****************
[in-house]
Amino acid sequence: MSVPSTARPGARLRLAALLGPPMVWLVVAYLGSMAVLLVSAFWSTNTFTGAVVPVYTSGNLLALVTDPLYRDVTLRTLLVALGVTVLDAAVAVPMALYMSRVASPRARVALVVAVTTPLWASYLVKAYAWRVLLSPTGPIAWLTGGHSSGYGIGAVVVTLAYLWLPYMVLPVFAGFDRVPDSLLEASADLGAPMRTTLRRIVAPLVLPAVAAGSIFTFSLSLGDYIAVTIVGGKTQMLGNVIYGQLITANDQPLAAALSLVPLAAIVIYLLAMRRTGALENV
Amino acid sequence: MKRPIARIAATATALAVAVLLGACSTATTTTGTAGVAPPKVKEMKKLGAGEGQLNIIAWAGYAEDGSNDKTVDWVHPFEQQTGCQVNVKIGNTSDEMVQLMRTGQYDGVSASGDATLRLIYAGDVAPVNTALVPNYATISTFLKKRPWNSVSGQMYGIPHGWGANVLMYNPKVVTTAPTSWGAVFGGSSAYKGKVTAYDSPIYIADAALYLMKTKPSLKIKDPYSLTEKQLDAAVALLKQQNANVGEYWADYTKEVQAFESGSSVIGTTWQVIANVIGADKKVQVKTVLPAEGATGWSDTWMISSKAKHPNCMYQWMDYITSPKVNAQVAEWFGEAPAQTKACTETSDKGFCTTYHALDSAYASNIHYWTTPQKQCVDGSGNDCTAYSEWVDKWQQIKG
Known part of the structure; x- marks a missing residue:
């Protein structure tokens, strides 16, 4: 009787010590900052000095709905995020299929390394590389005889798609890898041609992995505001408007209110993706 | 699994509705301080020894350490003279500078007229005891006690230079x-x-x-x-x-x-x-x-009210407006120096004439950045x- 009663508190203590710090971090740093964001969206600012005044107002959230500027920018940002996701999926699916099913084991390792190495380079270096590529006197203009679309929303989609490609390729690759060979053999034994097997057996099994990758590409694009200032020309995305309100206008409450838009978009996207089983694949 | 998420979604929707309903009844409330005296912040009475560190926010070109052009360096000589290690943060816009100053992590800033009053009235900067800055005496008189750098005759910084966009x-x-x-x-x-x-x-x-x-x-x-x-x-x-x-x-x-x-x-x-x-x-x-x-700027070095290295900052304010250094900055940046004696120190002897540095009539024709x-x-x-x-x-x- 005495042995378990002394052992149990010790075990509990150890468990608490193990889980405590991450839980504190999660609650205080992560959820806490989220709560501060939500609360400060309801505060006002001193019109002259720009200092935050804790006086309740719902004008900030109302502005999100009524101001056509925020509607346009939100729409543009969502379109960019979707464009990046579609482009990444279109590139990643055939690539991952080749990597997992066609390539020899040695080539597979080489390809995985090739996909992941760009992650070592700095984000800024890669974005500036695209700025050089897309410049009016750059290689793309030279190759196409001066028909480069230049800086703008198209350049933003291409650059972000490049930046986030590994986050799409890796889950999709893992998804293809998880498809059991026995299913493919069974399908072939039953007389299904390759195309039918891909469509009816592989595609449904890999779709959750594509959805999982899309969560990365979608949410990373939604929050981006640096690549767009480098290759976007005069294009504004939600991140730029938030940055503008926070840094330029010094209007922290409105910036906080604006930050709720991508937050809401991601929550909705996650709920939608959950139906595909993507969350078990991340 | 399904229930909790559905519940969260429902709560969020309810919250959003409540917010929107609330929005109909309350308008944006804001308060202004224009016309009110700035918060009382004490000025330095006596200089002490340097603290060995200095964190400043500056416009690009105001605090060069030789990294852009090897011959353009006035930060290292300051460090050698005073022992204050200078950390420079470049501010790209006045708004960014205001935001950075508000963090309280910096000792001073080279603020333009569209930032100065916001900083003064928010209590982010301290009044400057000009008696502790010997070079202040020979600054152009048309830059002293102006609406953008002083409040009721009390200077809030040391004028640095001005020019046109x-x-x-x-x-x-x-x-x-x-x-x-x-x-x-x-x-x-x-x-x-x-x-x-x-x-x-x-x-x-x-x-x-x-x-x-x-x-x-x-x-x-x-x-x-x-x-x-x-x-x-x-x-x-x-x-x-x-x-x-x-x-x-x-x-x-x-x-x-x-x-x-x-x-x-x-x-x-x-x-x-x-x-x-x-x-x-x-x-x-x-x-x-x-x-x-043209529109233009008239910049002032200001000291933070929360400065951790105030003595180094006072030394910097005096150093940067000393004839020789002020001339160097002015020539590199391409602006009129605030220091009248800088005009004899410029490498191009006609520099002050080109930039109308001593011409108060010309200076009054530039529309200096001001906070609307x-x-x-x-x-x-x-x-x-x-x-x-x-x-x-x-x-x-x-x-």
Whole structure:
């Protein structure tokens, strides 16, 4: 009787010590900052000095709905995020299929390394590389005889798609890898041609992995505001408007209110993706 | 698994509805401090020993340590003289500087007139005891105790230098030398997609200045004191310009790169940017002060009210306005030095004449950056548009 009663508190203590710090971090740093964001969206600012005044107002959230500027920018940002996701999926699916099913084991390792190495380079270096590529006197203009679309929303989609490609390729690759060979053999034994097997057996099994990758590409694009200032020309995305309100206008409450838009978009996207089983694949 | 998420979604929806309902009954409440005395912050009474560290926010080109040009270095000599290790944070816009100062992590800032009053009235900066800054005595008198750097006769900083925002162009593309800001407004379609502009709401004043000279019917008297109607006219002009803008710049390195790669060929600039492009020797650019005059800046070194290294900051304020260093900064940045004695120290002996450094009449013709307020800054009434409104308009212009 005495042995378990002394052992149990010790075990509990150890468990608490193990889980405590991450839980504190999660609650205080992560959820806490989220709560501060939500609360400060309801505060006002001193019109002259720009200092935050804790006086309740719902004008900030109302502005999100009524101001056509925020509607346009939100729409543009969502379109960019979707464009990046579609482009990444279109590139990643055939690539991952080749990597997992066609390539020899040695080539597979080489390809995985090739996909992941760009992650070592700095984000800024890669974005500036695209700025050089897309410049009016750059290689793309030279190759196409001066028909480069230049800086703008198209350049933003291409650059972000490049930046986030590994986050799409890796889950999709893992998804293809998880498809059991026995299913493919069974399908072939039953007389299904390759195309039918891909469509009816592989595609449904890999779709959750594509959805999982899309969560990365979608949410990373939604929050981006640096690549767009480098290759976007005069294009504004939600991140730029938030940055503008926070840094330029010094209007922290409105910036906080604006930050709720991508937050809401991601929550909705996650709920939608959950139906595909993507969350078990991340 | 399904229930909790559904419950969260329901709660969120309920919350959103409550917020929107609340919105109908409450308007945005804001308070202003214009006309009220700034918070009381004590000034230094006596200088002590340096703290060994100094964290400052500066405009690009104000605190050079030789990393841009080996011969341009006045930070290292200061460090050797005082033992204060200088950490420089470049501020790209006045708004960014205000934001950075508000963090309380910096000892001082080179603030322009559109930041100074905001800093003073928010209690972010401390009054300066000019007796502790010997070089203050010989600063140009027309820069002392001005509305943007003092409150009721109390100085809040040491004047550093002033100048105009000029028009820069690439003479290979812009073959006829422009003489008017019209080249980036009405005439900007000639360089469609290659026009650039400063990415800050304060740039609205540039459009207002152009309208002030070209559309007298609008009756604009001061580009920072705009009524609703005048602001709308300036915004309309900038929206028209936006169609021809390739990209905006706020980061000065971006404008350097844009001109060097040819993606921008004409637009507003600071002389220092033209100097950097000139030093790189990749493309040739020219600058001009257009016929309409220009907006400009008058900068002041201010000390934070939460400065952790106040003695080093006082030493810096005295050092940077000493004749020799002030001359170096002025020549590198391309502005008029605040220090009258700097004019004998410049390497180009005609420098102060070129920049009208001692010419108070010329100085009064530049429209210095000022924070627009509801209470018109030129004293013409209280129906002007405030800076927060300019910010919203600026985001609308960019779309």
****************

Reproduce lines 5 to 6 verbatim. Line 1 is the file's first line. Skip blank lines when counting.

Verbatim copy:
């Protein structure tokens, strides 16, 4: 009787010590900052000095709905995020299929390394590389005889798609890898041609992995505001408007209110993706 | 699994509705301080020894350490003279500078007229005891006690230079x-x-x-x-x-x-x-x-009210407006120096004439950045x- 009663508190203590710090971090740093964001969206600012005044107002959230500027920018940002996701999926699916099913084991390792190495380079270096590529006197203009679309929303989609490609390729690759060979053999034994097997057996099994990758590409694009200032020309995305309100206008409450838009978009996207089983694949 | 998420979604929707309903009844409330005296912040009475560190926010070109052009360096000589290690943060816009100053992590800033009053009235900067800055005496008189750098005759910084966009x-x-x-x-x-x-x-x-x-x-x-x-x-x-x-x-x-x-x-x-x-x-x-x-700027070095290295900052304010250094900055940046004696120190002897540095009539024709x-x-x-x-x-x- 005495042995378990002394052992149990010790075990509990150890468990608490193990889980405590991450839980504190999660609650205080992560959820806490989220709560501060939500609360400060309801505060006002001193019109002259720009200092935050804790006086309740719902004008900030109302502005999100009524101001056509925020509607346009939100729409543009969502379109960019979707464009990046579609482009990444279109590139990643055939690539991952080749990597997992066609390539020899040695080539597979080489390809995985090739996909992941760009992650070592700095984000800024890669974005500036695209700025050089897309410049009016750059290689793309030279190759196409001066028909480069230049800086703008198209350049933003291409650059972000490049930046986030590994986050799409890796889950999709893992998804293809998880498809059991026995299913493919069974399908072939039953007389299904390759195309039918891909469509009816592989595609449904890999779709959750594509959805999982899309969560990365979608949410990373939604929050981006640096690549767009480098290759976007005069294009504004939600991140730029938030940055503008926070840094330029010094209007922290409105910036906080604006930050709720991508937050809401991601929550909705996650709920939608959950139906595909993507969350078990991340 | 399904229930909790559905519940969260429902709560969020309810919250959003409540917010929107609330929005109909309350308008944006804001308060202004224009016309009110700035918060009382004490000025330095006596200089002490340097603290060995200095964190400043500056416009690009105001605090060069030789990294852009090897011959353009006035930060290292300051460090050698005073022992204050200078950390420079470049501010790209006045708004960014205001935001950075508000963090309280910096000792001073080279603020333009569209930032100065916001900083003064928010209590982010301290009044400057000009008696502790010997070079202040020979600054152009048309830059002293102006609406953008002083409040009721009390200077809030040391004028640095001005020019046109x-x-x-x-x-x-x-x-x-x-x-x-x-x-x-x-x-x-x-x-x-x-x-x-x-x-x-x-x-x-x-x-x-x-x-x-x-x-x-x-x-x-x-x-x-x-x-x-x-x-x-x-x-x-x-x-x-x-x-x-x-x-x-x-x-x-x-x-x-x-x-x-x-x-x-x-x-x-x-x-x-x-x-x-x-x-x-x-x-x-x-x-x-x-x-x-043209529109233009008239910049002032200001000291933070929360400065951790105030003595180094006072030394910097005096150093940067000393004839020789002020001339160097002015020539590199391409602006009129605030220091009248800088005009004899410029490498191009006609520099002050080109930039109308001593011409108060010309200076009054530039529309200096001001906070609307x-x-x-x-x-x-x-x-x-x-x-x-x-x-x-x-x-x-x-x-």
Whole structure: